Film futures provides new way to finance movies

Two film futures exchanges are coming soon to a stock market near you. I can’t decide what to make of it, but I think this is something to watch.

If you’re like me, you’re probably aware there are “corn futures” and “wheat futures” and it all has something to do with the stock market, but you don’t understand it in any detail. The upshot seems to be that by purchasing or selling (shorting) futures on particular films, you’re betting the film will or won’t make money. And the sales of these futures would go to finance movie-making. Futures helped farmers mitigate losses and fund all the work that happens before you even get a crop to take to market. The folks involved in this hope that film futures will spread out some of the financial risk that goes into making every single film. And that risk is substantial, even in the least expensive films. (Which is why if you ever, ever, ever comment on this website that women should either start making their own movies or stop complaining about what’s out there, I will ban you so fast your head will spin. We don’t all have even the $77k it cost to make Blair Witch Project ten years ago laying around, trust fund asshat.)

While futures have kept farming profitable, or at least alive:

The bigger question, however, is whether Cantor and Veriana can persuade professionals in the insular entertainment business to adopt the type of complex financial tool that, as evidenced by the recent mortgage meltdown, doesn’t always work smoothly.

Film executives not seeing the smart money when it requires them to adapt? Oh, how could that happen? And how could that happen again? And again? And again? And has there ever been a better time to experiment with making movies for the new 55% demographic – women?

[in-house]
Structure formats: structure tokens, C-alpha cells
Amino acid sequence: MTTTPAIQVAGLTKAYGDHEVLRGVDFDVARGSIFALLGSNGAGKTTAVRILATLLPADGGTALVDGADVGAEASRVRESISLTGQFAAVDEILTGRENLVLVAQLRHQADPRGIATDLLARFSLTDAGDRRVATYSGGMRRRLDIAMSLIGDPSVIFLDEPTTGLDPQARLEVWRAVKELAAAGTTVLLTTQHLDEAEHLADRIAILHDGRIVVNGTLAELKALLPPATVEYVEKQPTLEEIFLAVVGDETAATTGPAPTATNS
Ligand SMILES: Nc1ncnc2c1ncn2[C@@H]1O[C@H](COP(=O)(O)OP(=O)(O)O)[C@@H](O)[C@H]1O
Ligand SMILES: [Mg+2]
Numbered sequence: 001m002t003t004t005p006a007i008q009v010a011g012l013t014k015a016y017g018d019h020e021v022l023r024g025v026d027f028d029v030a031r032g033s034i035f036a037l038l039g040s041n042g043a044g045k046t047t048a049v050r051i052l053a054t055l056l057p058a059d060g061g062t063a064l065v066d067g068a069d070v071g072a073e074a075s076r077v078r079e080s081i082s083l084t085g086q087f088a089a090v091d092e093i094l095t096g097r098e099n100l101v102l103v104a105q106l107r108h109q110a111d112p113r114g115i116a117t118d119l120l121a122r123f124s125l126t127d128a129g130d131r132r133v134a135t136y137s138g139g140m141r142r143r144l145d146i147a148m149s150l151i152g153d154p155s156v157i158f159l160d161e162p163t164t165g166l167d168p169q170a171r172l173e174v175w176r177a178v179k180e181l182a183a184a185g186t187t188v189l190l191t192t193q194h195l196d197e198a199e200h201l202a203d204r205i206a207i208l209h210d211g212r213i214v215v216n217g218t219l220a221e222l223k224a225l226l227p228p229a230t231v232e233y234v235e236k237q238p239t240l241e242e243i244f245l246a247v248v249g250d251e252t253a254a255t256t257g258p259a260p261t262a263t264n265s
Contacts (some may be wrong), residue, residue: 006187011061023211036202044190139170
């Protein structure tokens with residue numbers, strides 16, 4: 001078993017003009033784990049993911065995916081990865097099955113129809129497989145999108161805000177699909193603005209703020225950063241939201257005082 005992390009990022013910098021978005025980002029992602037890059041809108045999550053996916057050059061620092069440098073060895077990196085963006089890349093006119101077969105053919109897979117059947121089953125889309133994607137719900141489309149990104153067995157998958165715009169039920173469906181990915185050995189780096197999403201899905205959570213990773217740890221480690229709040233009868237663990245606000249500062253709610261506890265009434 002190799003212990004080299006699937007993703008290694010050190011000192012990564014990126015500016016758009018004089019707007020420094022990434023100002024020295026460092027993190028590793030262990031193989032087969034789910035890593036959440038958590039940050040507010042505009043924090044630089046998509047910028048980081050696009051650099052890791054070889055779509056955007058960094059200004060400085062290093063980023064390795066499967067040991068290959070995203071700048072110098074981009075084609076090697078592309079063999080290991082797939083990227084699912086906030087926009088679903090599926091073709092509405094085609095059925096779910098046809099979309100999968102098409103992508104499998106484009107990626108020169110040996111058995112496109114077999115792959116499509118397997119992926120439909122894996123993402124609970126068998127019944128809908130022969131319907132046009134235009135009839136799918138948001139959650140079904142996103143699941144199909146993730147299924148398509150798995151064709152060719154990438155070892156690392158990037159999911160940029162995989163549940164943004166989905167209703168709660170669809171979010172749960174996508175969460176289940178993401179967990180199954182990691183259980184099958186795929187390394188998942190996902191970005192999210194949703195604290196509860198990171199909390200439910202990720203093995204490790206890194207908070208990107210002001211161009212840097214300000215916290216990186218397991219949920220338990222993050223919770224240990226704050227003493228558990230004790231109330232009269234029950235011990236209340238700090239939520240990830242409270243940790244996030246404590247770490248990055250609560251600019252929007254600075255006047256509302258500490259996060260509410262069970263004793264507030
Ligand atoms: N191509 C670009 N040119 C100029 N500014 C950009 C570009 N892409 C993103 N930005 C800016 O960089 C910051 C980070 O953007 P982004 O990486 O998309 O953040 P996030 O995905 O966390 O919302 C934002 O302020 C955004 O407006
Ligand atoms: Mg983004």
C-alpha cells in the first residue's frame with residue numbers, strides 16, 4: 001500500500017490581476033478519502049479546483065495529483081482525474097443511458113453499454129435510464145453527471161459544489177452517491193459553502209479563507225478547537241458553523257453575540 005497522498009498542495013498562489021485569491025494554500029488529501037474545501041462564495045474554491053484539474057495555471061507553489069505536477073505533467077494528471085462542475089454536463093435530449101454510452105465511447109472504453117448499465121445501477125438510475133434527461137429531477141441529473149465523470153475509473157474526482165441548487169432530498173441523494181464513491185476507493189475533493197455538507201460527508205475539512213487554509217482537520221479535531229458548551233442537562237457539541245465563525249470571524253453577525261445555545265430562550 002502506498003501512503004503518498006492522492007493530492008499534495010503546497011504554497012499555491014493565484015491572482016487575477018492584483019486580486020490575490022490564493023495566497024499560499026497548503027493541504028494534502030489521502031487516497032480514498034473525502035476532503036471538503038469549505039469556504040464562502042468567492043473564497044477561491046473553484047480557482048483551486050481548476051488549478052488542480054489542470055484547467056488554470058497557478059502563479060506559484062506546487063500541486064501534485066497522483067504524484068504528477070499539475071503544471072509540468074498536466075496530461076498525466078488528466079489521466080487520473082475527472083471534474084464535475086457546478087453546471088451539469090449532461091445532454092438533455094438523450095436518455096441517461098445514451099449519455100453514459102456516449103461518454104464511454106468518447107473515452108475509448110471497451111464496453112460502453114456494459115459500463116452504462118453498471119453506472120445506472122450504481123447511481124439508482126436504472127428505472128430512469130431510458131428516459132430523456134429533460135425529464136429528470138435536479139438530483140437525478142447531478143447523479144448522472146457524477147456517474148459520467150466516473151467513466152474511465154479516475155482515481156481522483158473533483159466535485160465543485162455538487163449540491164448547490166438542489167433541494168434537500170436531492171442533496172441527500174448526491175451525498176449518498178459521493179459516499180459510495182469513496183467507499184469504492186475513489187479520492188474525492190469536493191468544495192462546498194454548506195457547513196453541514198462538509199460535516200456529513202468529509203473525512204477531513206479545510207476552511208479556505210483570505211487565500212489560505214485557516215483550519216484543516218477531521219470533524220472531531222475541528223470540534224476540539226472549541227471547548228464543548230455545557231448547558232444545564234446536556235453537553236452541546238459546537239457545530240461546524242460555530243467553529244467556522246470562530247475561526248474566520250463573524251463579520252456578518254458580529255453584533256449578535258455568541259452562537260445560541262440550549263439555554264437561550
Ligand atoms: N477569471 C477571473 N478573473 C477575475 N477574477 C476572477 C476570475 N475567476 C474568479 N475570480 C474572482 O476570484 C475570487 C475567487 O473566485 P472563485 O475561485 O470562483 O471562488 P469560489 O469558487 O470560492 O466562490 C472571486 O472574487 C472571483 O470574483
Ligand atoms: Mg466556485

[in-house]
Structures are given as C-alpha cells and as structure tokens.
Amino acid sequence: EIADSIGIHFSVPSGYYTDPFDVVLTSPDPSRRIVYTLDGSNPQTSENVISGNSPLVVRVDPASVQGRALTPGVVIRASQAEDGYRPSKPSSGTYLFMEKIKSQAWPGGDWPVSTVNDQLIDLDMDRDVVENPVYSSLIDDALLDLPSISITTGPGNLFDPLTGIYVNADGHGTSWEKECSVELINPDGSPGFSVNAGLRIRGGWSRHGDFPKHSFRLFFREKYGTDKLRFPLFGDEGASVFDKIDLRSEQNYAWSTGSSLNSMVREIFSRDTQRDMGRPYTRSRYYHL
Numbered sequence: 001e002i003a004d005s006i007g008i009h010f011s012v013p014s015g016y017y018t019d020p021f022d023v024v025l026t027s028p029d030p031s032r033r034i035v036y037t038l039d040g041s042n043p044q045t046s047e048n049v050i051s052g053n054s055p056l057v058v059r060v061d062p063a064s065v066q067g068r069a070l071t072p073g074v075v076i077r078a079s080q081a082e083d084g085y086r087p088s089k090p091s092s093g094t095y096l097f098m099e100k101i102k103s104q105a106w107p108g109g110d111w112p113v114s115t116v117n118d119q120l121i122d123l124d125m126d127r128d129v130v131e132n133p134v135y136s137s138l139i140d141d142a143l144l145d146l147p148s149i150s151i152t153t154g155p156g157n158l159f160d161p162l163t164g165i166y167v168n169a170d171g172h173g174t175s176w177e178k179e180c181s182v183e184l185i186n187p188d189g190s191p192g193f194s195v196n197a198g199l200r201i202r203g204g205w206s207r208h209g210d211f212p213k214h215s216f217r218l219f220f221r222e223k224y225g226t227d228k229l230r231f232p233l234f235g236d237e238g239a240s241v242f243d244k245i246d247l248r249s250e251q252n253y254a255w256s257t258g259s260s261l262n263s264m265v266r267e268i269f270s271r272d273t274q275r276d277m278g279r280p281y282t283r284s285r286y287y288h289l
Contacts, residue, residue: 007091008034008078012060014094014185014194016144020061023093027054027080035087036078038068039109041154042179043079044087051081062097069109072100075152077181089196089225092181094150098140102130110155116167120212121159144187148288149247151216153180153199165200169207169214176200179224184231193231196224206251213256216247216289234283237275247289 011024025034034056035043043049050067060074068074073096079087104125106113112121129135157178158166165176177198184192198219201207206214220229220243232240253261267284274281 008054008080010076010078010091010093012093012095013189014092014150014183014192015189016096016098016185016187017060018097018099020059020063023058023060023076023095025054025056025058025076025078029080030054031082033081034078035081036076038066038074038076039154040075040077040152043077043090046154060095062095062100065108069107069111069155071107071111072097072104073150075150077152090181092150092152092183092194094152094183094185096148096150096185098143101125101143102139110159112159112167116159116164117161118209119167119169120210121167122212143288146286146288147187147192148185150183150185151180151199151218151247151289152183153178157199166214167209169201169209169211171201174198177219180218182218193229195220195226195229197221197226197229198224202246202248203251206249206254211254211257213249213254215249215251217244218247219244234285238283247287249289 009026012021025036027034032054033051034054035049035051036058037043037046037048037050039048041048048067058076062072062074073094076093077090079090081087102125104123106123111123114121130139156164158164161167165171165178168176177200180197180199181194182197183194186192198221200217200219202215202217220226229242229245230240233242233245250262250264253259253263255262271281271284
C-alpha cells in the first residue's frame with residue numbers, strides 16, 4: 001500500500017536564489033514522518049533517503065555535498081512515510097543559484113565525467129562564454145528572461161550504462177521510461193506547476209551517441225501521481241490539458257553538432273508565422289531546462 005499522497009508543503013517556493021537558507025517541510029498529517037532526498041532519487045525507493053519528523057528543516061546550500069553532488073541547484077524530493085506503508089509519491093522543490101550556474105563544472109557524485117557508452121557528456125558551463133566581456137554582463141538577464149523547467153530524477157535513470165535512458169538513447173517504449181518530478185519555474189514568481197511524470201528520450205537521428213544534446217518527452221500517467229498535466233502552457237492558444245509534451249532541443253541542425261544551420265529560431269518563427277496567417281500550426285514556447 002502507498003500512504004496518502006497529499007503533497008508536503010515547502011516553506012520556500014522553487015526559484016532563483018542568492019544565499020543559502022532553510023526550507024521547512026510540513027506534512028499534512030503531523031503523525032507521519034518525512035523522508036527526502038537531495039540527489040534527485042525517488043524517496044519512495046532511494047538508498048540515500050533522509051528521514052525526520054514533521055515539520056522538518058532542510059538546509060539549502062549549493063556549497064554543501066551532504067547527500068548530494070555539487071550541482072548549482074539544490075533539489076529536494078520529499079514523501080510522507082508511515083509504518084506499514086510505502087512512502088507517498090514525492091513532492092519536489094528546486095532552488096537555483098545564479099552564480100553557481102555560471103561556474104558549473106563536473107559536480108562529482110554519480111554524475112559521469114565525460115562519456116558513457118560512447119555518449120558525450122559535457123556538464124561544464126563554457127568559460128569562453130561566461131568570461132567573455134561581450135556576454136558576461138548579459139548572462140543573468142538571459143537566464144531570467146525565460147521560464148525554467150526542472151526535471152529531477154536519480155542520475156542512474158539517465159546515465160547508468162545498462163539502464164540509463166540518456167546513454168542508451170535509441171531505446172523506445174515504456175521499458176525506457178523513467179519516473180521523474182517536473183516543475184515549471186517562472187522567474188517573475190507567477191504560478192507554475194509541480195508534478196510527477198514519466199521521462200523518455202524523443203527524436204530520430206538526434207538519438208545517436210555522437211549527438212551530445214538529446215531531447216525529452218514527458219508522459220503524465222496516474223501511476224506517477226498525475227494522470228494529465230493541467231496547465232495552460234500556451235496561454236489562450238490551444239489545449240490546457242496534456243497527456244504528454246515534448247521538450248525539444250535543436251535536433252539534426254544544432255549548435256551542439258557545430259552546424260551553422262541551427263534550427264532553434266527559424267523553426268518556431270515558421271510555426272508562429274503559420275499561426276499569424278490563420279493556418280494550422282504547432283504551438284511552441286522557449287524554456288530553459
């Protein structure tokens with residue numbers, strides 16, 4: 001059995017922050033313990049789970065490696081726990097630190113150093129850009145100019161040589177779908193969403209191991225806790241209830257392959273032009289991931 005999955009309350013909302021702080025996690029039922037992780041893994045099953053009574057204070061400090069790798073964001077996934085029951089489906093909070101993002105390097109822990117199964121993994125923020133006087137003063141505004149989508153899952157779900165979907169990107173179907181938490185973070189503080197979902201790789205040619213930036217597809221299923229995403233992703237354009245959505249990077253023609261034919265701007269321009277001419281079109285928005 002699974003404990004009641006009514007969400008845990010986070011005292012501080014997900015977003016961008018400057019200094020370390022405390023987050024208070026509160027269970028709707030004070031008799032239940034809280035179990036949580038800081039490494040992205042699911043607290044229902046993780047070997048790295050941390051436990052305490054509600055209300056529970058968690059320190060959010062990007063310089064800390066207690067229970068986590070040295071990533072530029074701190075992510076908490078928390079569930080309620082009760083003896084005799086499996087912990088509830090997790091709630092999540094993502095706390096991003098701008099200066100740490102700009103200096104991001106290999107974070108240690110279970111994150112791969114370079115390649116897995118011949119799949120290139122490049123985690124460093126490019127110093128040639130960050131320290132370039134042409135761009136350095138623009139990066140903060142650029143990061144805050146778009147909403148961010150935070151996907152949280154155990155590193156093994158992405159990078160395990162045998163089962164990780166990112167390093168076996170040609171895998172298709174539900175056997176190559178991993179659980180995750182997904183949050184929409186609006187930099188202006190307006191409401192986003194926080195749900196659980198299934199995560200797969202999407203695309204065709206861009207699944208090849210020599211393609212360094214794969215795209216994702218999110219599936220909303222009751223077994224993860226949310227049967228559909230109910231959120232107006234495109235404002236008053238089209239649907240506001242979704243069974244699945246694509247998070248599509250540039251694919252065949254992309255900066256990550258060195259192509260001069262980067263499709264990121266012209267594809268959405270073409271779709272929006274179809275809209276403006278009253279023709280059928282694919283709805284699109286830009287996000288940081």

An interesting note from the above-linked article:

The surge of private equity money into the movie business a few years back has dried up because returns were uneven and often lower than promised.

So financiers are finally discovering what people like William Goldman figured out a long time ago: Hollywood doesn’t know what makes a successful film. They just know how to sound like they do, and how to sabotage and explain away successes that don’t fit the mold. They have a vested interest in that.

I dunno. Seems to me film futures could strip away the last layer of resistance to adaptation. The film industry has really enjoyed doing exactly the same damn thing every day for thirty years and getting huge returns for it. We all knew it would take a major financial blow to the industry to get them even to consider that maybe the audience is changing and the industry has to change with us or die. I’m not too hopeful anyone’s thinking will really change – I’ve studied human psychology a  bit – but, hey, the Baby Boomers have to retire eventually, and maybe that’ll shake up the demographics of the industry thinkers. I’m not putting down the Boomers – sexism exists in younger generations, too, including mine – but I don’t think growing up in an era where female CEOs, lawmakers, etc. barely existed did them any favors in terms of seeing women as equal fellow human beings.

Comments

  1. Anemone says

    I wouldn’t invest in the current crop of movies if it were my money. I just don’t trust film culture right now, in either the US or in Canada. Too many things wrong with it. And I really don’t think the powers-that-be can change. However, I think there are people out there on the fringes who could do things differently, if only they had the resources. Then the establishment would be forced to scramble to keep up.

    It would be nice if film futures helped with that, but I don’t see it happening. I think the money would keep going to the wrong people. But then I want a paradigm shift that’s much more than just more women and visible minorites, too. I want a complete ethics overhaul.

  2. Elee says

    Yeah, my thoughts exactly. Film futures could be a useful instrument to ensure funding of the films we really want to see, but it would only work, when that money came directly to people involved with the actual film. And how many of them are financially stable enough to have someone involved only with stock market finances most of the time, if not the whole time? As long as stock market isn’t the only way to ensure funding, they will always need the traditional funding and all the decision makers who want and do influence the final outcome. But it sure is nice to imagine, that my money would count in the end result and that one or two flops will make it a matter of survival for a filmmaker to examine what exactly is wrong with their work.

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